Over time, your spinal vertebrae and cartilage between these vertebrae can start to wear down, resulting in back pain and discomfort as you age. If you are a senior who experiences back pain, you don't have to resort to a sedentary lifestyle. Instead, you can perform gentle exercises to maintain flexibility and strength in your spine. Always speak to your physician, however, before beginning an exercise program to ensure you are not at risk for back injury.
Maintaining a flexible spine is important as you age because it helps you maintain range of motion. Because you are at an increased risk for injury as you age, you do not have to perform severe twisting stretches. Instead, you can stretch the back via a pelvic tilt, which can be performed even if you are bed-bound. Lie on your back with your feet flat on the floor. Gently tilt your pelvis in toward your chest, but do not lift your mid-back off the floor. Hold this position to feel a stretch in your lower back.
Strength and stabilization exercises help you strengthen the lower back, which can reduce your pain level. Always check with your physician before performing strengthening exercises. A stabilization exercise example includes sitting on an exercise ball with your knees flat on the floor. Slowly raise one arm overhead, then lower this arm and repeat on the opposite side. Continue alternating until you have completed five repetitions on each side. If you are more advanced, you can lift one leg in the air at a time.
Strengthening the muscles in your legs helps you prevent tension in your lower back because these muscles pull on your lower spine. Examples of leg- and back-strengthening exercises include sitting on the floor with your feet extended in front of you. Slowly lift your leg off the floor, about three inches off the ground. Return your leg to your starting position, then repeat 10 times. Then, repeat on the opposite leg. Another exercise involves starting from a standing position with your hands on a sturdy piece of furniture for balance. Slowly bend your knee, bringing it to no higher than hip level. Slowly lower and repeat 10 times on this side, then repeat on the opposite side.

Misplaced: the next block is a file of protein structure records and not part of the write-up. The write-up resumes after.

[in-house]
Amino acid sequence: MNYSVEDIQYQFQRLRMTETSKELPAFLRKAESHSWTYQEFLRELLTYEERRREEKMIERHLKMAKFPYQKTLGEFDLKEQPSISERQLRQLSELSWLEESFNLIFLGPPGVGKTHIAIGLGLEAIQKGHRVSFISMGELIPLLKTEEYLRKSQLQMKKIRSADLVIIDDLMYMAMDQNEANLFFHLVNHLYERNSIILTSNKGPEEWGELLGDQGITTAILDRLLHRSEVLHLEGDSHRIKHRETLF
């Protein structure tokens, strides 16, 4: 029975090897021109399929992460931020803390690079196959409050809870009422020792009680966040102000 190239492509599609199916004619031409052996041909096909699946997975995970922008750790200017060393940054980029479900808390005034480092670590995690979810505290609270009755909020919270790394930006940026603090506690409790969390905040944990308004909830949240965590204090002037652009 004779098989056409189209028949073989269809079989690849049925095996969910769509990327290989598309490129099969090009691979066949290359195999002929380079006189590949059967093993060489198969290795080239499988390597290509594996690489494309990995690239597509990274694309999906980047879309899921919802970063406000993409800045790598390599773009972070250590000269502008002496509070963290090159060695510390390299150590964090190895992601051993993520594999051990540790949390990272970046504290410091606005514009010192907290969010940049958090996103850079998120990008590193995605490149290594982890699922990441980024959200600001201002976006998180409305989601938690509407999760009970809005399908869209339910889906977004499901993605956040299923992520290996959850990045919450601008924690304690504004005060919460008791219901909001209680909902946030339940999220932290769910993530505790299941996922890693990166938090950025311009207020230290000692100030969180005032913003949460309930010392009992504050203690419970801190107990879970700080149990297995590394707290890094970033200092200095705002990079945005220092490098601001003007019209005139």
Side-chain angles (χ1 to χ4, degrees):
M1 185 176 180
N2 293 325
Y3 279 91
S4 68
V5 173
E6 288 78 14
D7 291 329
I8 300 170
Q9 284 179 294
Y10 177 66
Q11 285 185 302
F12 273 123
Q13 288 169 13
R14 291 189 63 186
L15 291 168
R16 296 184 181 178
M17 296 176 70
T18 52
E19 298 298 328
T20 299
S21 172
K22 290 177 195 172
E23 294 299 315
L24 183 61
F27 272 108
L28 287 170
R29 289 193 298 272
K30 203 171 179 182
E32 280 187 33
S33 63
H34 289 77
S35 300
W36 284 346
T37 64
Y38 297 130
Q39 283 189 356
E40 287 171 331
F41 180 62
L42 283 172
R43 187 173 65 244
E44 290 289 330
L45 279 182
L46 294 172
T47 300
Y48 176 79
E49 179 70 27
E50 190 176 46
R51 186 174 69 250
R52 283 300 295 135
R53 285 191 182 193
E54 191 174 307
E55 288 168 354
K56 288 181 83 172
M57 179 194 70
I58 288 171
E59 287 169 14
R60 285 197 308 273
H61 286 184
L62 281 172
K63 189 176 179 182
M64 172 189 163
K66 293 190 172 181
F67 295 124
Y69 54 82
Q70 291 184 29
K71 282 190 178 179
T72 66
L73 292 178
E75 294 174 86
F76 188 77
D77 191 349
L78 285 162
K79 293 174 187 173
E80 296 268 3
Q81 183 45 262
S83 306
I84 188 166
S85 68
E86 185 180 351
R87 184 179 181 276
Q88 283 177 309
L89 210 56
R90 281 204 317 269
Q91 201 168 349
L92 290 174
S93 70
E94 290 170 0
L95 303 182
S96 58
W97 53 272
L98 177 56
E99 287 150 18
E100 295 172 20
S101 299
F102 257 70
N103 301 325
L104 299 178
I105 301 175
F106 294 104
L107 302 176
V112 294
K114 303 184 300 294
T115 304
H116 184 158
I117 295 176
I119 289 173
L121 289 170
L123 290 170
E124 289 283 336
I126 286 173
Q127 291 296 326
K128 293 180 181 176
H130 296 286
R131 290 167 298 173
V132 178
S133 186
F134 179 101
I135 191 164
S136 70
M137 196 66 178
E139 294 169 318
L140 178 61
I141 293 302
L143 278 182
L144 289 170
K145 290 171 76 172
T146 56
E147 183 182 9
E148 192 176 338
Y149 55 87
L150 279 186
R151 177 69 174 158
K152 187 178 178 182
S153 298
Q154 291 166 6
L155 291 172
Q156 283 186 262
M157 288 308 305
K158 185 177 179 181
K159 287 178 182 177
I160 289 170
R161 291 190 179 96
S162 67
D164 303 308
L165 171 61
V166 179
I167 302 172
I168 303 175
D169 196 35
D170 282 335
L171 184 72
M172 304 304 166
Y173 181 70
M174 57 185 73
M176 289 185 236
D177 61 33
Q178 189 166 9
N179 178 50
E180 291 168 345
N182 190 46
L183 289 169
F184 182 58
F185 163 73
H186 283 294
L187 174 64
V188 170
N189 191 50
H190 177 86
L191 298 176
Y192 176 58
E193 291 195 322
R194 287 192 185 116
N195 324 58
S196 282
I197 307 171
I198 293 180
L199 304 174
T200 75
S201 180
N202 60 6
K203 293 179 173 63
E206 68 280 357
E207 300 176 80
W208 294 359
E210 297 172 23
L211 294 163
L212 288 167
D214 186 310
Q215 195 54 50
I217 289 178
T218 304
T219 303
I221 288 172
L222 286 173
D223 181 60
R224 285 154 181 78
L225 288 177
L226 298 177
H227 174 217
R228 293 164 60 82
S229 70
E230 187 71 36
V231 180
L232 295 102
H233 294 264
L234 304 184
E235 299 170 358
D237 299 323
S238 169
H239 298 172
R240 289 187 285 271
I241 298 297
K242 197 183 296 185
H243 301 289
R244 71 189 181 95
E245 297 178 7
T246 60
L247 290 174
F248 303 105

Your abdominals are part of your core muscles, which also include your lower back. By strengthening your abdominals, you can provide stability and make it easier for you to perform activities like getting out of bed or your chair. One exercise example is the curl up. Lie on your back with your feet flat on the floor. Contract your abdominal muscles to slowly lift your shoulders and head off the floor. Do not go higher than is comfortable. Slowly lower your shoulders to the ground and repeat the exercise eight to 10 times, depending on your abdominal strength.